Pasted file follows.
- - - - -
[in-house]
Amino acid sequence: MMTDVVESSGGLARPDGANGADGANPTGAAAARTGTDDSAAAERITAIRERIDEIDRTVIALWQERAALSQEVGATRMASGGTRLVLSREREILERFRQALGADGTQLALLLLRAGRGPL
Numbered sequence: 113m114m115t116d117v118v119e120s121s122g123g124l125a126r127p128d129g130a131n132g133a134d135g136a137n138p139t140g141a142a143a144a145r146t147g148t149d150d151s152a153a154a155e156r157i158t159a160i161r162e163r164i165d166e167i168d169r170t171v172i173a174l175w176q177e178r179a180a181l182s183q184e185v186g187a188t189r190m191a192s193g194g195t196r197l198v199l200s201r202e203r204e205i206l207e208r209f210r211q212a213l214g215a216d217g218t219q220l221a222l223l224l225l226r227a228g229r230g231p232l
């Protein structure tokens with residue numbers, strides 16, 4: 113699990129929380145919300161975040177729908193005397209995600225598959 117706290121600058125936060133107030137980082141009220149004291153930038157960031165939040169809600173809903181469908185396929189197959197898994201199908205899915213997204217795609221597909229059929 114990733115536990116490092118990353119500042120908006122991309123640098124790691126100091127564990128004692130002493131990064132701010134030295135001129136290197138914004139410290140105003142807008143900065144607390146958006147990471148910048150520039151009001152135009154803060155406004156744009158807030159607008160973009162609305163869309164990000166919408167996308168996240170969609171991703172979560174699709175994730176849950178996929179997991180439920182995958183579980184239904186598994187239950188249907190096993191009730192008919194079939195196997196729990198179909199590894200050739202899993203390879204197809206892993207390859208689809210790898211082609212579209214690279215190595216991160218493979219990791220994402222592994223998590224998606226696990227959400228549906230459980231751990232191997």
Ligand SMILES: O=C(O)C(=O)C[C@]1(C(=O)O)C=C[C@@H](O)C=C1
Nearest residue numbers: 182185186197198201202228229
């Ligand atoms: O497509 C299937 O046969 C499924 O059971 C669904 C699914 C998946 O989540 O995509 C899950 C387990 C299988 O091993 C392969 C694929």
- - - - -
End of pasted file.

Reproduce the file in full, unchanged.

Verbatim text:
[in-house]
Amino acid sequence: MMTDVVESSGGLARPDGANGADGANPTGAAAARTGTDDSAAAERITAIRERIDEIDRTVIALWQERAALSQEVGATRMASGGTRLVLSREREILERFRQALGADGTQLALLLLRAGRGPL
Numbered sequence: 113m114m115t116d117v118v119e120s121s122g123g124l125a126r127p128d129g130a131n132g133a134d135g136a137n138p139t140g141a142a143a144a145r146t147g148t149d150d151s152a153a154a155e156r157i158t159a160i161r162e163r164i165d166e167i168d169r170t171v172i173a174l175w176q177e178r179a180a181l182s183q184e185v186g187a188t189r190m191a192s193g194g195t196r197l198v199l200s201r202e203r204e205i206l207e208r209f210r211q212a213l214g215a216d217g218t219q220l221a222l223l224l225l226r227a228g229r230g231p232l
């Protein structure tokens with residue numbers, strides 16, 4: 113699990129929380145919300161975040177729908193005397209995600225598959 117706290121600058125936060133107030137980082141009220149004291153930038157960031165939040169809600173809903181469908185396929189197959197898994201199908205899915213997204217795609221597909229059929 114990733115536990116490092118990353119500042120908006122991309123640098124790691126100091127564990128004692130002493131990064132701010134030295135001129136290197138914004139410290140105003142807008143900065144607390146958006147990471148910048150520039151009001152135009154803060155406004156744009158807030159607008160973009162609305163869309164990000166919408167996308168996240170969609171991703172979560174699709175994730176849950178996929179997991180439920182995958183579980184239904186598994187239950188249907190096993191009730192008919194079939195196997196729990198179909199590894200050739202899993203390879204197809206892993207390859208689809210790898211082609212579209214690279215190595216991160218493979219990791220994402222592994223998590224998606226696990227959400228549906230459980231751990232191997």
Ligand SMILES: O=C(O)C(=O)C[C@]1(C(=O)O)C=C[C@@H](O)C=C1
Nearest residue numbers: 182185186197198201202228229
């Ligand atoms: O497509 C299937 O046969 C499924 O059971 C669904 C699914 C998946 O989540 O995509 C899950 C387990 C299988 O091993 C392969 C694929």